Draft report

China and the United States: cooperation, competition, and/or conflict

An experimental assessment
International relations Relations with China Economics Defence China United States of America

This report has been extensively updated and expanded since its original publication. Besides incorporating various new reports on Chinese economic and military developments, the report also includes key quotes from the recently released Chinese White Paper commemorating the CCP’s 70 th anniversary. These quotes are now the best example of China’s indirect criticism of recent U.S. policy towards China, and strategy and actions towards other states, as well as its economic progress and plans to take lead on global development.

Part 1 provides summaries of China’s evolving strategy using direct quotes from its key white papers, particularly its 2019 Defense White Paper. It then provides similar excerpts from the new U.S. national security and national defense strategy that the United States issued in 2017 and 2018, and from assessments of Chinese strategy by the U.S. Director of National Intelligence, the Department of Defense, DIA, and INDOPACOM.

It should be noted that the Chinese 2019 White Paper came after the changes in U.S. national strategy and the U.S. assessments of China’s military developments and that much of its contents clearly respond to the shifts in America’s declared strategy and assessments. Accordingly, these quotes provide a clear picture of the very different Chinese and U.S. views of Chinese and U.S. competition and of which power is increasing the level of tension and prospects for potential conflict. They set the stage for the detailed assessments of economic and military trends and issues that follow.

Part 2 provides official assessments of the important of economic developments and competition in Chinese strategy and U.S. assessments of the trends in Chinese forces, and the provides a wide range of graphics, maps, and data that show rate of Chinese growth. It assesses trends in trade and technology as well as total economies, and the potential causes of limits to China’s growth and emergence as an economic superpower.

Part 3 notes reporting by the U.S. Office of the Secretary of Defense that stresses the leading impact of China’s economic growth on its competition with the U.S. It examines the importance of China road and belt initiatives, and its growing share of the global economy and trade.

Part 4 addresses Chinese official views of the shift in the global military balance in its 2019 Defense White Paper and the contrasting official views of OSD and DIA, and then provides a range of different quantitative assessments of the global military balance between China, the U.S. and Russia that shows the extent to which each nation can compete as a “superpower.” It compares the very different Chinese, OSD, DIA, IISS, and SIPRI estimates of defense spending by China, the U.S., Russia, and other powers, It provides summaries of Chinese and OSD views of China’s expanding technology base, and analyzes the importance of arms transfer to both improving China’s military technology and its level of influence over other states.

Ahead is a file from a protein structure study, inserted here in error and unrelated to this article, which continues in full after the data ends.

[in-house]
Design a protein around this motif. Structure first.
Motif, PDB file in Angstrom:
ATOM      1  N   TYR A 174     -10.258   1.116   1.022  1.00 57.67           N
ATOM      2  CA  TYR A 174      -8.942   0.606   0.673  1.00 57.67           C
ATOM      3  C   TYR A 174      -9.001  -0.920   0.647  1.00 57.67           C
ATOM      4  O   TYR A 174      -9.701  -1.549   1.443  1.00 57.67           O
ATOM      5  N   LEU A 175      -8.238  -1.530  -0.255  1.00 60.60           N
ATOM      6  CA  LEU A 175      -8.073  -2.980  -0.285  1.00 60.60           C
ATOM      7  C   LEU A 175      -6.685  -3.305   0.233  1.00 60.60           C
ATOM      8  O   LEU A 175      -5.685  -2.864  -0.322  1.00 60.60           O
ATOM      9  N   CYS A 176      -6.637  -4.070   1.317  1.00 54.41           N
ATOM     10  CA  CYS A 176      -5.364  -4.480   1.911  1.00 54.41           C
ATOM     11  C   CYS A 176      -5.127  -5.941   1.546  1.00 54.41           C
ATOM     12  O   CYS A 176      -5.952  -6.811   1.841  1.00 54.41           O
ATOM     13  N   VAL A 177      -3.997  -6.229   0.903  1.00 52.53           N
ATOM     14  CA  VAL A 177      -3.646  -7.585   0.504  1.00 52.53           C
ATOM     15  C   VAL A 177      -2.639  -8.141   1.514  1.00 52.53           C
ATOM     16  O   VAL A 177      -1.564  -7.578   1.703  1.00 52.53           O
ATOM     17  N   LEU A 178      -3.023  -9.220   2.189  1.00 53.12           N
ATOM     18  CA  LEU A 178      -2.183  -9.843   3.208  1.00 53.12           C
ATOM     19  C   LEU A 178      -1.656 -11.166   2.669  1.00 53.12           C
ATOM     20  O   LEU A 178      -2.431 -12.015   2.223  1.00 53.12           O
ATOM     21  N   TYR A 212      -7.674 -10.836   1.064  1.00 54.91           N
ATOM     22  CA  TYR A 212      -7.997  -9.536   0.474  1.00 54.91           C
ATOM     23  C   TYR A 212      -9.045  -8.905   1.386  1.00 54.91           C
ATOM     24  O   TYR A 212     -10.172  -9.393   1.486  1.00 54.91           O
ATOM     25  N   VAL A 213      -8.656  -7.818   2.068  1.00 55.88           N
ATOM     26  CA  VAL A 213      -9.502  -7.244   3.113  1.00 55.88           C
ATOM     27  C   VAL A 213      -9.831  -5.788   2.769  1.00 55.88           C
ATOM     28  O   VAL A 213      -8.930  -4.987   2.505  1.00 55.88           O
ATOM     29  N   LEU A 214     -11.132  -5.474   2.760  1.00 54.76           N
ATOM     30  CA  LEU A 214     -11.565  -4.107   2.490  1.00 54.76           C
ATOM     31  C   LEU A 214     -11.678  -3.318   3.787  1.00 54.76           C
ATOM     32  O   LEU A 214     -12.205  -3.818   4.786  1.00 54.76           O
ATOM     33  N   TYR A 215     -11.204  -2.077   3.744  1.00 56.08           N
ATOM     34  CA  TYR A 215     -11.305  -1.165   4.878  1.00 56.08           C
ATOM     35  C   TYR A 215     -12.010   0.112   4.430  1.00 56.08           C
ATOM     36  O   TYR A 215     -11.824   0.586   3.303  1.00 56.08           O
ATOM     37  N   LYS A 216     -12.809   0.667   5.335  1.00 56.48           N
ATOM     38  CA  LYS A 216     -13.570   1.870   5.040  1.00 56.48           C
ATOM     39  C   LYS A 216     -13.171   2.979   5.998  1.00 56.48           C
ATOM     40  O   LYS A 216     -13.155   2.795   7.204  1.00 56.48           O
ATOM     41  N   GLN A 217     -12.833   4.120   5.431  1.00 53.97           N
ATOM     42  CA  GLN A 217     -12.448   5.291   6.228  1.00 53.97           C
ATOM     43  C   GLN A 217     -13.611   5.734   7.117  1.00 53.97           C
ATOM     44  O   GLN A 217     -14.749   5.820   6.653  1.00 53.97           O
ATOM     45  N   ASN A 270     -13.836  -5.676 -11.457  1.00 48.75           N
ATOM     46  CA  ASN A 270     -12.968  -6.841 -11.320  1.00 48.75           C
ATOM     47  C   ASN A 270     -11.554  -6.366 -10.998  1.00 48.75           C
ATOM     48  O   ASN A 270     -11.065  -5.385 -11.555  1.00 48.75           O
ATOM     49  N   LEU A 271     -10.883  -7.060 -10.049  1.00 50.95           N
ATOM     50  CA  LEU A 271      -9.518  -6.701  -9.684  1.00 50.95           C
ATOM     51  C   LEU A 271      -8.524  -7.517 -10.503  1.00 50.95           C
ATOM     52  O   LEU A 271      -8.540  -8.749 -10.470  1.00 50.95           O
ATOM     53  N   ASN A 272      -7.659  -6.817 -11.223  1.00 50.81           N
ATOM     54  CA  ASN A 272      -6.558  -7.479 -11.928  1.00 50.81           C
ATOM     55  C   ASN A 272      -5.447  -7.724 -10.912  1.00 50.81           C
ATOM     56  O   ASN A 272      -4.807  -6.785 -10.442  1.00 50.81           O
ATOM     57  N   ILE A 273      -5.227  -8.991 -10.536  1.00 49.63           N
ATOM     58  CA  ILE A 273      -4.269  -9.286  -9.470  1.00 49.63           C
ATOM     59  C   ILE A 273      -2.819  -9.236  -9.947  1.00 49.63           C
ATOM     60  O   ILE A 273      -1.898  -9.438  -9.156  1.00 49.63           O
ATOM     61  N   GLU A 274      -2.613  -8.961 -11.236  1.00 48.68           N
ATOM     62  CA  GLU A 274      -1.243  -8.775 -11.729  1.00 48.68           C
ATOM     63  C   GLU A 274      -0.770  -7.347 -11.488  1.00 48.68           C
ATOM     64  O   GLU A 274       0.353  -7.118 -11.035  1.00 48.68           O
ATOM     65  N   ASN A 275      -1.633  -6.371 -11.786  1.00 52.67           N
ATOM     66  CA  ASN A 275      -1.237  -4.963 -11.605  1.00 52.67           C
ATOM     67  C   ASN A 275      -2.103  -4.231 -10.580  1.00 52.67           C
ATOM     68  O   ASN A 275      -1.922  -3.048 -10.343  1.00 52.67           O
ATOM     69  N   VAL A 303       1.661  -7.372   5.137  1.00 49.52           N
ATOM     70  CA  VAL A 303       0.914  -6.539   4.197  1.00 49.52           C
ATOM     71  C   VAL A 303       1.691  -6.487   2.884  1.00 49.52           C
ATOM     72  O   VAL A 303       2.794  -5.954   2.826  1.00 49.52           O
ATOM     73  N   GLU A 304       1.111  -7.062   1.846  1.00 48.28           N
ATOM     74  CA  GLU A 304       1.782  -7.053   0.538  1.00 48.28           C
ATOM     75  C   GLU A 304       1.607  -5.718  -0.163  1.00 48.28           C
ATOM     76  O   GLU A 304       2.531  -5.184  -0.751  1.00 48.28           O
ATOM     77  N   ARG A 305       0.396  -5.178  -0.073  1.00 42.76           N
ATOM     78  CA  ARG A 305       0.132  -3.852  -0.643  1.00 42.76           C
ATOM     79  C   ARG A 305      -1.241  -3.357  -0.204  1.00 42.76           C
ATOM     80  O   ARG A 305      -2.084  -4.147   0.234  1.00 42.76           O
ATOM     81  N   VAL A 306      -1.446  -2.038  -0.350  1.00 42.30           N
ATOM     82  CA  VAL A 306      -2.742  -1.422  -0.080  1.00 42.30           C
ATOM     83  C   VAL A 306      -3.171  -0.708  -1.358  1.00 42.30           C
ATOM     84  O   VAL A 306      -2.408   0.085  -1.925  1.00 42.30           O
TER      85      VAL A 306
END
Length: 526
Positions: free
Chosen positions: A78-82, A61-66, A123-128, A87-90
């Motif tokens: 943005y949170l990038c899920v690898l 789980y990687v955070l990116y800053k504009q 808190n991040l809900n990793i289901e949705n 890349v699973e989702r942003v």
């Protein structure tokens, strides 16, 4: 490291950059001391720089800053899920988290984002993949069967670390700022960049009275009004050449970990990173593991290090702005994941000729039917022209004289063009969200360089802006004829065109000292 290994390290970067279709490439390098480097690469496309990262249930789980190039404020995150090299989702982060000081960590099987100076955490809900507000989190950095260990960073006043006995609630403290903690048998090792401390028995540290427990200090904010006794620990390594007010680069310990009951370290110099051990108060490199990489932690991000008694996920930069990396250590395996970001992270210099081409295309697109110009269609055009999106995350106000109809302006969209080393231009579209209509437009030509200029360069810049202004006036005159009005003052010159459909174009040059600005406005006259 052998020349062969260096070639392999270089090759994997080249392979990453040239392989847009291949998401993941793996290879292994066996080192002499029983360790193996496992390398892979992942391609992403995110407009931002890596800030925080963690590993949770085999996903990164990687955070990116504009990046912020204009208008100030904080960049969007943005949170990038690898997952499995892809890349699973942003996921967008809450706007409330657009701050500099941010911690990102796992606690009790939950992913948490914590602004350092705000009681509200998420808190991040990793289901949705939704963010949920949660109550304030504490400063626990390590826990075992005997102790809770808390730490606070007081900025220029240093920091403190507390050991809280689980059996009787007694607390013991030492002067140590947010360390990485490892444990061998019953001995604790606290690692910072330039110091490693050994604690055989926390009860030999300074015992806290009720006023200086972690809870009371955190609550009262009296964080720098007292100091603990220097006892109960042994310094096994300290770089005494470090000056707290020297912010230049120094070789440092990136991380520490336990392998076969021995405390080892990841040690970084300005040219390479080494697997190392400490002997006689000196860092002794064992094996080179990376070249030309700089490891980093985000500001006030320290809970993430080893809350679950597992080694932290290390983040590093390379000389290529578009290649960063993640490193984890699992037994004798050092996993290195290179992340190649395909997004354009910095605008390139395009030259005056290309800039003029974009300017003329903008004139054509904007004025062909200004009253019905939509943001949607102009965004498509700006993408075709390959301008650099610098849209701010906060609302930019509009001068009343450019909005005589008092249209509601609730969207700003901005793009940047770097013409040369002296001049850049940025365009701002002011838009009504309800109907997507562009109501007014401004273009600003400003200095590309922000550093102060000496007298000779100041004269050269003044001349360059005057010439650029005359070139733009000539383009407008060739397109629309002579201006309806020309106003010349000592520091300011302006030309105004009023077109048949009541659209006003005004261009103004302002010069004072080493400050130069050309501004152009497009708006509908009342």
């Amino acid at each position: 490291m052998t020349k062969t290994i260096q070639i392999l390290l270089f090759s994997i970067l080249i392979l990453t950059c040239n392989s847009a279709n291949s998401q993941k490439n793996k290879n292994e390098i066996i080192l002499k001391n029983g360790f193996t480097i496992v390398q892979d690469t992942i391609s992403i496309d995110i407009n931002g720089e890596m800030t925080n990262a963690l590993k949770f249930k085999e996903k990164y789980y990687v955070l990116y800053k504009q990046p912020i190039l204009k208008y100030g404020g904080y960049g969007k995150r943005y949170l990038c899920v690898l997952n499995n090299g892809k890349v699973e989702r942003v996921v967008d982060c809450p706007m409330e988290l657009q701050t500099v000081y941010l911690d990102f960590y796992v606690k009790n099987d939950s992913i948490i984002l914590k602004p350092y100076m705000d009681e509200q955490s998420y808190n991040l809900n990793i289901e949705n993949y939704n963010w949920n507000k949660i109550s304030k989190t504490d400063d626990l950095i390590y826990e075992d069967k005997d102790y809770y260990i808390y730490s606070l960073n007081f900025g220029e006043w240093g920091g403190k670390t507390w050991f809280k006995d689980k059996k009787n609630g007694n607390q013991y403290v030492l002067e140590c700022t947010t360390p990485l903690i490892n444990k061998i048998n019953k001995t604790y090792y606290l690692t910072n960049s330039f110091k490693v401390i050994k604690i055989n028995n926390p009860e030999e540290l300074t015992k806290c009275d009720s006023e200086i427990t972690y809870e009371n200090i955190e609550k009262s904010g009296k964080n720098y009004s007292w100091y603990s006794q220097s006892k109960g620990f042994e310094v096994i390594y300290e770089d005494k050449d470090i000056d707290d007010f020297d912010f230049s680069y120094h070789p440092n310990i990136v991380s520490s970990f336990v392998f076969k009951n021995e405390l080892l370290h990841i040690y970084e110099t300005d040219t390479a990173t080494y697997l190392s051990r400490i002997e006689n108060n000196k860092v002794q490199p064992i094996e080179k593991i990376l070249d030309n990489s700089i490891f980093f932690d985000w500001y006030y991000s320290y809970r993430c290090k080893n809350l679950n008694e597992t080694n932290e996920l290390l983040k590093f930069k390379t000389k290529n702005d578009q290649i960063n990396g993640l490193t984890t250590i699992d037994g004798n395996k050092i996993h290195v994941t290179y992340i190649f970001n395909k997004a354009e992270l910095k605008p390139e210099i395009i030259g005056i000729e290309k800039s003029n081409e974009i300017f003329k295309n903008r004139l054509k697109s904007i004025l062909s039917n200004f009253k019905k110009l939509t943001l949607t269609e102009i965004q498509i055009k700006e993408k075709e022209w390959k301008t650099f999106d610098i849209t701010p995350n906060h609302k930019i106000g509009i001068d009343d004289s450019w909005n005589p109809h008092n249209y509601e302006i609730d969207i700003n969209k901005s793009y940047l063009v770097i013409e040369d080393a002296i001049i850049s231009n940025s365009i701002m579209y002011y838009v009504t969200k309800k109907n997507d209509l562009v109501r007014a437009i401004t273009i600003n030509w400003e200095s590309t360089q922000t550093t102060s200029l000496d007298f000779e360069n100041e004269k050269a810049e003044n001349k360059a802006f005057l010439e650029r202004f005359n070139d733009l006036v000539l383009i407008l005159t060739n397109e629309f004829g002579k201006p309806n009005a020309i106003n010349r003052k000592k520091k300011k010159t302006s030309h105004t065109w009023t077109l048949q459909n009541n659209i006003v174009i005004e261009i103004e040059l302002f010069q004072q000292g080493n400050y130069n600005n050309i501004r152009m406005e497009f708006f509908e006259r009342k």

Part 5 describes the developments on U.S. strategy and forces in Asia that are shaping the U.S. side of its military competition with China, and lays the foundation for comparisons with the analyses of China’s strategic positions and forces that follow. It shows the size and deployments of U.S. forces. and the he U.S. Chinese, and other key power military balance in Asia. It also shows DIA and OSD maps and assessments of total Chinese military deployments by military service, the Chinese claims that are the focus of U.S. concern, and the expansion of Chinese naval, air, and missile power in the Western Pacific that is a key source of U.S. concern.

Part 6 focuses on the competing Chinese and other country claims in the Western Pacific and the Chinese build-up of forces in the South China Sea that is a key U.S. strategic concern. It analyzes the economic, trade, energy, and strategic influence impact of these issues as well as their military importance.

Part 7 covers China’s official position on its strategic relations with every major power on its borders, the official U.S. view of China’s strategic relations with each state, and the sources of Chinese tension or cooperation. It should be noted that China does not address Mongolia or North Korea in its White Papers, and minimizes its discussion of Japan and South Korea. It has steadily identified Taiwan as key strategic concern, however, and potential source of conflict. Supporting policy summaries, maps, and charts highlight key areas of potential U.S. and other nation competition with China.

Part 8 examines the key force trend is each major aspect of Chinese force development. Once again, quotes are provided from both Chinese White Papers and U.S. strategy documents and official assessments of China’s forces. The subsections that follow cover China’s nuclear forces and other weapons of mass destruction, its rocket and missile forces, its shift to advanced forms of military technology and warfare, each of its military services, and the change role of its paramilitary forces and counterterrorism capabilities.

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